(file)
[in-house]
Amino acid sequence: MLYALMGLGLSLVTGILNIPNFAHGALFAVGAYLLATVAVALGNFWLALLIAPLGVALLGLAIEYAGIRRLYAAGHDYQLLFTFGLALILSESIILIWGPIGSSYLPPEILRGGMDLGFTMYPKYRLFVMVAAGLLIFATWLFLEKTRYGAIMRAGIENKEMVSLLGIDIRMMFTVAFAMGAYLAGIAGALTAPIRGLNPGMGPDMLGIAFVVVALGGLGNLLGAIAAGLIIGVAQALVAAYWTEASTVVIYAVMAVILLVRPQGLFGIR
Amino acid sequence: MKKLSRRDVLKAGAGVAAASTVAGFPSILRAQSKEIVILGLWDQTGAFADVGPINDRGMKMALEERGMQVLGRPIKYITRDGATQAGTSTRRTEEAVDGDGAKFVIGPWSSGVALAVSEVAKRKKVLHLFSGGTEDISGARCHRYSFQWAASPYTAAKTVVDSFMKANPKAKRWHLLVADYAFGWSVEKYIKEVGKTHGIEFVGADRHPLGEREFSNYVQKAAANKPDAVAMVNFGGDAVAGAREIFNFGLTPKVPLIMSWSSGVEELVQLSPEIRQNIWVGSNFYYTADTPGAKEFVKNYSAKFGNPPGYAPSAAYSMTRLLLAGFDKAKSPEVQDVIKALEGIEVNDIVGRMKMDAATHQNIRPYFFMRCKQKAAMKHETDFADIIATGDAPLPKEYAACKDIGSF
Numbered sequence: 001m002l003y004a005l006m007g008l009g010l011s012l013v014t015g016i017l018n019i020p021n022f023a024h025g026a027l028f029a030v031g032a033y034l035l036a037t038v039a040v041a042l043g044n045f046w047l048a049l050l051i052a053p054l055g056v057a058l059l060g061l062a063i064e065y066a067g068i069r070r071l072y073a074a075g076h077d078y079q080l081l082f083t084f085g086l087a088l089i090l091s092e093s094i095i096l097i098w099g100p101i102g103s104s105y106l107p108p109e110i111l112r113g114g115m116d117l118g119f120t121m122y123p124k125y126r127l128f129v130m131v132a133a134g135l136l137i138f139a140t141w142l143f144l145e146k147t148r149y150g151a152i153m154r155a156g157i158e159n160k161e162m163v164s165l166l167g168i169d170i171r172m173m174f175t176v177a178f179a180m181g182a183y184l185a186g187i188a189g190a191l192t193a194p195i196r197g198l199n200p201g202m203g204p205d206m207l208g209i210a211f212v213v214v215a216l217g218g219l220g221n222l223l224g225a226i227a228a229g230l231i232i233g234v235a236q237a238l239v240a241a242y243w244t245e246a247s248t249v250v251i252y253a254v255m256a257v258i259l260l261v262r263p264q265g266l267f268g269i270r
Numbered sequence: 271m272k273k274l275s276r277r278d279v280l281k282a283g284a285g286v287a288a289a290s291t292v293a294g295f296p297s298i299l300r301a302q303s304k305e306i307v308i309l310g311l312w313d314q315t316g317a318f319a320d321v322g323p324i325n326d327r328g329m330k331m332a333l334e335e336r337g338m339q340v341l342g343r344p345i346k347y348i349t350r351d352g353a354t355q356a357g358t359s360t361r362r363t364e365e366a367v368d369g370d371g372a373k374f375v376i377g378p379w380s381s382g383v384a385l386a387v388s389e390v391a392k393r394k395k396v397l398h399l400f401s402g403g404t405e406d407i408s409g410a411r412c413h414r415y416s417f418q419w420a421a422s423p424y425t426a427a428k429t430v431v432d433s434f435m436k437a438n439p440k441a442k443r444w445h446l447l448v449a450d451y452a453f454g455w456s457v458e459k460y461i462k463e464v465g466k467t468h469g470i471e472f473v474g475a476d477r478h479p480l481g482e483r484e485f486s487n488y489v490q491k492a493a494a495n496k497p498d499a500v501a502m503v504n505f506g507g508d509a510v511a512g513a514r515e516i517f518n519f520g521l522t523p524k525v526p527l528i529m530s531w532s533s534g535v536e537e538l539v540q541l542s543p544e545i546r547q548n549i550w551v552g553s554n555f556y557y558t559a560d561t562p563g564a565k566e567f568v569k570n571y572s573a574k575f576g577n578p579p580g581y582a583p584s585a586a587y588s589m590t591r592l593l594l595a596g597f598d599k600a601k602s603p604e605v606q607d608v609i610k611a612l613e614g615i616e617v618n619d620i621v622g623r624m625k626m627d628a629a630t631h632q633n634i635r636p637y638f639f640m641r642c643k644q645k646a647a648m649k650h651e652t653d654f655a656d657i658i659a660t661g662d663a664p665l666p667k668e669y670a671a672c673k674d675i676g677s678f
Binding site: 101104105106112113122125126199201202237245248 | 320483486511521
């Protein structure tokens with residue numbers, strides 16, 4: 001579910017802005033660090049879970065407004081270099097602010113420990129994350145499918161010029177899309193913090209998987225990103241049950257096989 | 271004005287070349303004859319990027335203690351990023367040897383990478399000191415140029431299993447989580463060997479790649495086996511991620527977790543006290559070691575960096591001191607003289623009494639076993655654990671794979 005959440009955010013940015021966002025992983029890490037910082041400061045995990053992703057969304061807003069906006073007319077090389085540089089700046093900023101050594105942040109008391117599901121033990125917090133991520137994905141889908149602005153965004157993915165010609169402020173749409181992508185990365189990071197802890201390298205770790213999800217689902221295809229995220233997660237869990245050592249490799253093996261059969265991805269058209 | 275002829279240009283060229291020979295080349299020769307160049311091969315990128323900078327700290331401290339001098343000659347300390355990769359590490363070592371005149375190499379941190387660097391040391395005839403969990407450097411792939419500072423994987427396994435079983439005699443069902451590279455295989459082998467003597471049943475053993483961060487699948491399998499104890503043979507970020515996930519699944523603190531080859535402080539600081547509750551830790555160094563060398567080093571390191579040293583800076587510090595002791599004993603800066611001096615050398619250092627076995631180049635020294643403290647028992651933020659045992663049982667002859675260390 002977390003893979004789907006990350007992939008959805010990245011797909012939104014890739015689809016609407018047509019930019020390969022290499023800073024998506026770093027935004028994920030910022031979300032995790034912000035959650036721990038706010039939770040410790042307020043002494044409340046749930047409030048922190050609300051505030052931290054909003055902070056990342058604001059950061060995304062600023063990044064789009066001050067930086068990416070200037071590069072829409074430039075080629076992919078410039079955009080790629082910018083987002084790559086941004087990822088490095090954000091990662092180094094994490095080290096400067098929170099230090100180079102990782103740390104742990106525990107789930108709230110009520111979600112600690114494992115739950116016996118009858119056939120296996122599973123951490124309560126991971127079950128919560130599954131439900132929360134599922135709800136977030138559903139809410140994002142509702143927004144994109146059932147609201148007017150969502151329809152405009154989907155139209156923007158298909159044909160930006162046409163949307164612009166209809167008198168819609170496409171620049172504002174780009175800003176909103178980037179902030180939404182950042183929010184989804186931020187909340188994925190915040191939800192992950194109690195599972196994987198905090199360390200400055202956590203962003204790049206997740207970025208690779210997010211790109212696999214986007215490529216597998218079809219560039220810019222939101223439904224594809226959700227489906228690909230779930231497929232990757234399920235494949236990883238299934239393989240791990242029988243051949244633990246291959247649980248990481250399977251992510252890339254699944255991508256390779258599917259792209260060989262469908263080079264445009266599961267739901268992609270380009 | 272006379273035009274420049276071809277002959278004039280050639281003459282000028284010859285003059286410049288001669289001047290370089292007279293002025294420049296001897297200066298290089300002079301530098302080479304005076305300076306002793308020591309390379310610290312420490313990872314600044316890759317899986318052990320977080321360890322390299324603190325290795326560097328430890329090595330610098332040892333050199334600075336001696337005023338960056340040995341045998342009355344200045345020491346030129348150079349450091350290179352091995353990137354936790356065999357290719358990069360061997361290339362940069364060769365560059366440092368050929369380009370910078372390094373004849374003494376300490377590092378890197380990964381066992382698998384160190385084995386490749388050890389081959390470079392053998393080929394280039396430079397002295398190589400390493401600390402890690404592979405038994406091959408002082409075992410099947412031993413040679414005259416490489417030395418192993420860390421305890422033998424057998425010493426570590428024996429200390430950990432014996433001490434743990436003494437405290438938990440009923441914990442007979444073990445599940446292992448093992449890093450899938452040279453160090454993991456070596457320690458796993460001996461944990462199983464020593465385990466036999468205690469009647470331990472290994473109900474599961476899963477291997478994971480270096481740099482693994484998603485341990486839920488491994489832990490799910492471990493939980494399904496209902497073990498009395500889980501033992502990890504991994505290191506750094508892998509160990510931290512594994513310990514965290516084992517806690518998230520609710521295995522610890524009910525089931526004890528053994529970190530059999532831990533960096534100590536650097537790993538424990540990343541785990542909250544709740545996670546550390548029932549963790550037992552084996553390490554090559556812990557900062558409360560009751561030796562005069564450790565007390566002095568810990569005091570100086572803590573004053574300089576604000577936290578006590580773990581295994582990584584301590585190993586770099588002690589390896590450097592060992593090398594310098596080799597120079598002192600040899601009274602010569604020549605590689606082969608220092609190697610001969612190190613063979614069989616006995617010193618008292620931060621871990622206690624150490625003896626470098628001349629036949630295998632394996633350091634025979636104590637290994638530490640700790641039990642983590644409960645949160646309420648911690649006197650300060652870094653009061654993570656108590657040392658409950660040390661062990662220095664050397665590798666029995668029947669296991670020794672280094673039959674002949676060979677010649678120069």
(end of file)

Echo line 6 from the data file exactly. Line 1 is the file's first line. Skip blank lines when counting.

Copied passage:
Binding site: 101104105106112113122125126199201202237245248 | 320483486511521